This presentation is sponsored by the Council on Advanced Studies in Humanities and Social Sciences and Center for East Asian Studies. Persons with disabilities who believe they may need assistance please contact the student coordinator in advance.

October 20 Workshop

East Asia Workshop: Politics, Economy and Society presents

 

“Chinese Public Attitudes toward the Environment: Patterns and Implications”

Chenyu Qiu and Dali Yang 

PhD Student, Harris School of Public Policy

Professor, Department of Political Science

The University of Chicago

4:30-6:00p.m., Tuesday, October 20, 2015

Pick Lounge, 5828 South University Ave.

 

Abstract

Perhaps no other issue in everyday life has attracted more attention from the Chinese public than air pollution after the 2013 “airpocalypse.” Conventional wisdom, along with theories such as “issue-attention cycle”, would predict an upsurge of public interest in improving the environment in China. Yet the empirical evidence is mixed. Using data from the 2003 and 2013 social surveys, we find only a very modest increase in the percentage of respondents who would put the environment among top three policy priorities. Meanwhile we find a strong contrast in environmental attitudes across income quartiles and believe rising income is the best predictor for changes in environmental concern. We explore the implications of our findings for environmental policy.

 

Workshop website: http://cas.uchicago.edu/workshops/eastasia/

Student coordinator: Yan Xu (xuyan@uchicago.edu)

Faculty sponsors: Xi Song, Dali Yang and Dingxin Zhao

 

This presentation is sponsored by the Council on Advanced Studies in Humanities and Social Sciences and Center for East Asian Studies. Persons with disabilities who believe they may need assistance please contact the student coordinator in advance.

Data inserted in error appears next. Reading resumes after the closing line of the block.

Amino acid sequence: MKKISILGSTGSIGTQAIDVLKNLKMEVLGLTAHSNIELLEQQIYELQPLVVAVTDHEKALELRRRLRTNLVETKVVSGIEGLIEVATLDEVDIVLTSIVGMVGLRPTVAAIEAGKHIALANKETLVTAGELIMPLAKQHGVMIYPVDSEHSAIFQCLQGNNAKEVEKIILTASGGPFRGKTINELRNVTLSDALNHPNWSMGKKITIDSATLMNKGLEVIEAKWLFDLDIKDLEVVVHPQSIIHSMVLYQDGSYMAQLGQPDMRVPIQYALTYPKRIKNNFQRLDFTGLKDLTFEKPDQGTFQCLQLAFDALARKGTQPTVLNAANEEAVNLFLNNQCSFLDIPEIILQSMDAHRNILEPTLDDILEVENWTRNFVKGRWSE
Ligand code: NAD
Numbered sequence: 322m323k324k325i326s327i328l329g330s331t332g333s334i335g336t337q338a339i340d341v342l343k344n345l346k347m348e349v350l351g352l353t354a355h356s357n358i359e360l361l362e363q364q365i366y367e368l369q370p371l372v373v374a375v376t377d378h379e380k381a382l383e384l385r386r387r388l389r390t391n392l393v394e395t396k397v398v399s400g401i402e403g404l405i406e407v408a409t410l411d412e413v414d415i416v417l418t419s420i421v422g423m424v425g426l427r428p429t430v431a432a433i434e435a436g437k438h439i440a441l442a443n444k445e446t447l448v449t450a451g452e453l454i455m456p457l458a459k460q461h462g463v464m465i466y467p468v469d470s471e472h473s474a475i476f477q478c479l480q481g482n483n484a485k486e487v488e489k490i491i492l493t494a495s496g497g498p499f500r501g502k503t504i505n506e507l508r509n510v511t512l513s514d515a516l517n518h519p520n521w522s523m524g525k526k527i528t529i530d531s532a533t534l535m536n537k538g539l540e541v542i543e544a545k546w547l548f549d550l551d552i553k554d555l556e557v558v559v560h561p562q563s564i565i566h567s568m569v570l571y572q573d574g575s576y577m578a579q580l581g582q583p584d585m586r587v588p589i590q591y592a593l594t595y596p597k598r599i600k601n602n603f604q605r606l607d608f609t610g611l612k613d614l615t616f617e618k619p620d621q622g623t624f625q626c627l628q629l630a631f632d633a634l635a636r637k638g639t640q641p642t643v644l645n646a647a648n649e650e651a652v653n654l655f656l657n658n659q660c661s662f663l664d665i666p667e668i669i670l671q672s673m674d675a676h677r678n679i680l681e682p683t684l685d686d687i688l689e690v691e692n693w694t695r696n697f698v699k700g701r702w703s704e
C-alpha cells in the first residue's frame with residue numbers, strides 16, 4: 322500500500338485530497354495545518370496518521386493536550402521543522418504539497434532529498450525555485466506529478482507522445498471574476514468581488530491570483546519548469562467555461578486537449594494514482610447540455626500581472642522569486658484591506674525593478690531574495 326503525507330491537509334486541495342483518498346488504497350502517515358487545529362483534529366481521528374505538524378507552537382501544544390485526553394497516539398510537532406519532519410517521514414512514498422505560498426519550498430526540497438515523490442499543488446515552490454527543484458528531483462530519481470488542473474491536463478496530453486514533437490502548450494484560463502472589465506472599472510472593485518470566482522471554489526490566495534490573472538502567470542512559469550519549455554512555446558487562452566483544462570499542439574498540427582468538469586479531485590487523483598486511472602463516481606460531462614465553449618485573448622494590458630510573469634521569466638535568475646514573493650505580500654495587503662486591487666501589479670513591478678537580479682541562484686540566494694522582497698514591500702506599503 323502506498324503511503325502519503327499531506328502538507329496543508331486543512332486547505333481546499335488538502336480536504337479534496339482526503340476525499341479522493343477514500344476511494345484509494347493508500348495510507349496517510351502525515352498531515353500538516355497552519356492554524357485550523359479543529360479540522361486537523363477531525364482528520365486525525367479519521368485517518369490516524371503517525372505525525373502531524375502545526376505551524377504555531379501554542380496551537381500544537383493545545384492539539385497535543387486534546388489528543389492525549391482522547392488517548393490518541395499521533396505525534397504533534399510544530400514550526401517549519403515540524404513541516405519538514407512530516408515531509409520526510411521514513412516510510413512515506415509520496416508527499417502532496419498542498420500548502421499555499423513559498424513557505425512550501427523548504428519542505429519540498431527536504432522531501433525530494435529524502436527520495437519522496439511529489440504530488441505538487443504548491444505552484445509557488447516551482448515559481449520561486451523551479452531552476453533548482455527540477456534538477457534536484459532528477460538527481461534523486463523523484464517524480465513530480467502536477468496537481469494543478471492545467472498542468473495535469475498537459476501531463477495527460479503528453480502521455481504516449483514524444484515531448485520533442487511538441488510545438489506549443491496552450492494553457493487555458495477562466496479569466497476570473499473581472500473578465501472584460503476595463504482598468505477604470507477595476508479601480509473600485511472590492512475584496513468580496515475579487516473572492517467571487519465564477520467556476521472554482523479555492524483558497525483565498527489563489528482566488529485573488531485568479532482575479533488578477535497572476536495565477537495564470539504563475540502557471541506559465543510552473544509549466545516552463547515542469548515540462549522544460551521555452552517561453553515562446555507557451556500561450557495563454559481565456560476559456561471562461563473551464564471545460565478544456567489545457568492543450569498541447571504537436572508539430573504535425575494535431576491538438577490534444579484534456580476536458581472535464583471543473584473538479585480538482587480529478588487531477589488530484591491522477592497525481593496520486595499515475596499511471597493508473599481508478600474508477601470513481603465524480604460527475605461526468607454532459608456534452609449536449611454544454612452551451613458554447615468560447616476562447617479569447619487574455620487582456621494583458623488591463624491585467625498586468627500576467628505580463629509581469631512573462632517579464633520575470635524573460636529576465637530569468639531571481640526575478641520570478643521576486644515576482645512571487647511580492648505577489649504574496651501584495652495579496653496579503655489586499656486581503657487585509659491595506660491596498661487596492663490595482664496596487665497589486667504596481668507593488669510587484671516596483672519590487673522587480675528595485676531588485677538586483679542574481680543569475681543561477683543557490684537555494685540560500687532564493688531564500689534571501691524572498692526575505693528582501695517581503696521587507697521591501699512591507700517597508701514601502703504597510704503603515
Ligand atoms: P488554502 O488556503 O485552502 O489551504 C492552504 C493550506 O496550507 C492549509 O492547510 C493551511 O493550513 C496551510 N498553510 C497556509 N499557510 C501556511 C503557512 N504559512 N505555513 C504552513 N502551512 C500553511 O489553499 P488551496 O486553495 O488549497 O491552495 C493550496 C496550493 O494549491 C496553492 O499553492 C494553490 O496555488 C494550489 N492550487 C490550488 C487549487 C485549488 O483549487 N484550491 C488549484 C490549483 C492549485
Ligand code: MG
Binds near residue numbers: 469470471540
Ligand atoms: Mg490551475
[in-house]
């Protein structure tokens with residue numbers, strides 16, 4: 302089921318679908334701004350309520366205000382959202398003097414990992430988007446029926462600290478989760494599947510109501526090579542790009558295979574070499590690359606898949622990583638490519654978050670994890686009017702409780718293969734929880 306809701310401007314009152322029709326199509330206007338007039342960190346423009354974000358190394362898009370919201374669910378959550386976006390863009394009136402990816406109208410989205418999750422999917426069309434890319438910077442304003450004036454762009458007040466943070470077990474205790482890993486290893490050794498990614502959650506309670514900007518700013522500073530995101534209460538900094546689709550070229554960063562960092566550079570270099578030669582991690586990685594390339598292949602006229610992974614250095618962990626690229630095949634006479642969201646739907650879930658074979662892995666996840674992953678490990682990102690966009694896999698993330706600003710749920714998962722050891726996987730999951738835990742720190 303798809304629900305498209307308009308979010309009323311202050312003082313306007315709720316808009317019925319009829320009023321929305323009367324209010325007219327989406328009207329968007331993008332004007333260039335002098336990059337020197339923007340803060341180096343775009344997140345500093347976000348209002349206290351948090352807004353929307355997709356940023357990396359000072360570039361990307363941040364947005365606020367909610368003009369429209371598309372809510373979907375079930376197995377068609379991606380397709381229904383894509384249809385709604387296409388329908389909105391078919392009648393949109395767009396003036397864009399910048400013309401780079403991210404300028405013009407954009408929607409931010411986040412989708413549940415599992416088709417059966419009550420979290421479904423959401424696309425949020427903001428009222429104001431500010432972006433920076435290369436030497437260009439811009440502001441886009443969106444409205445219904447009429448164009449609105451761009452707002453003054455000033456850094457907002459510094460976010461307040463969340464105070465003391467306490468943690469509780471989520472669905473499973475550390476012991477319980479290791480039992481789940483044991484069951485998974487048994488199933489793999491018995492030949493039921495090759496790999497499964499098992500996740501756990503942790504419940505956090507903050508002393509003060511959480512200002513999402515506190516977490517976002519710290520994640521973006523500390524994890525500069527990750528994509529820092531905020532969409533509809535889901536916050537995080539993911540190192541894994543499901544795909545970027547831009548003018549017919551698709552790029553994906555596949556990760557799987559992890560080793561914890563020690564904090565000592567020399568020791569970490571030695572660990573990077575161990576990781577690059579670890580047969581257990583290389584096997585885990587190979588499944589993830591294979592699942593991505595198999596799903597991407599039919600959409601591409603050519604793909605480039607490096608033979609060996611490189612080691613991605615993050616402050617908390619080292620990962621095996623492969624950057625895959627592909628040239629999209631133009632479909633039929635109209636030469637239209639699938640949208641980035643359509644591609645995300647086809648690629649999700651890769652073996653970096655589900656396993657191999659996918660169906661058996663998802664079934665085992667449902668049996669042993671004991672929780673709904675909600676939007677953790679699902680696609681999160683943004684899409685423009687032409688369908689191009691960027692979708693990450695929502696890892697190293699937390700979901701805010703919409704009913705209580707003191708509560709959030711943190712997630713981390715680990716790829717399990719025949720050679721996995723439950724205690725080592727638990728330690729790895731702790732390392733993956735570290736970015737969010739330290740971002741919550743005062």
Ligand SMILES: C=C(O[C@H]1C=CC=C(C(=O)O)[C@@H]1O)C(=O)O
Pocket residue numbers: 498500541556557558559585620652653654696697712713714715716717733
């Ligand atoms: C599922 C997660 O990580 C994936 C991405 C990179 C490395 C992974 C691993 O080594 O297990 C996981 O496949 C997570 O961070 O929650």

East Asia Workshop: Politics, Economy and Society and

Chicago Chinese Social Sciences Research Group present

 “Competence versus Incentive: Evidence from City Officials in China”

Yang Yao

Professor, National School of Development

Peking University

2015 Dr. Scholl Foundation Visiting Fellow on US-China Relations

 The Chicago Council on Global Affairs

4:30-6:00p.m., Tuesday, October 6, 2015

Room 122, Social Science Research Building, 1126 E 59th St.

 

Yang Yao is a professor at the China Center for Economic Research (CCER) and the National School of Development (NSD), Peking University. He currently serves as the director of CCER and the dean of NSD. He is a member of the China Finance 40 Forum. His research interests include economic transition and development in China. He has published dozens of research papers in international and domestic journals as well as several books on institutional economics and economic development in China. He is also a prolific writer for magazines and newspapers, including the Financial Times and the Project Syndicate. Dr. Yao was awarded the 2009 Sun Yefang Award in Economic Science, the 2008 and 2010 Pu Shan Award in International Economics and the 2008 Zhang Peigang Award in Development Economics, and was named the Best Teacher by the Peking University Student Union in 2006. Dr Yao obtained a BS in geography in 1986 and an MS in economics in 1989, both from Peking University, and his PhD in development economics from the department of agricultural and applied economics at the University of Wisconsin–Madison in 1996.

 

Abstract

This paper empirically studies the roles of competence and incentive in affecting the performance of public officials. We aim at answering two questions: Does competence or incentive matter more for economic performance? Do they tend to substitute or complement for each other? Using a unique dataset of Chinese city officials for the period 1994-2011, we estimate each official’s relative level of competence to promote economic growth and identify the effects of incentive using age limits and political cycles for promotion. We find that both competence and incentive matter for officials’ economic performance, but competence explains more than incentive. In addition, incentive matters less for more competent officials. Our results show that competence is more important than incentive to affect politicians’ economic performance.

 

For assistance and inquiries, please contact Yan Xu via xuyan@uchicago.edu or Yinan Su via yns@uchicago.edu.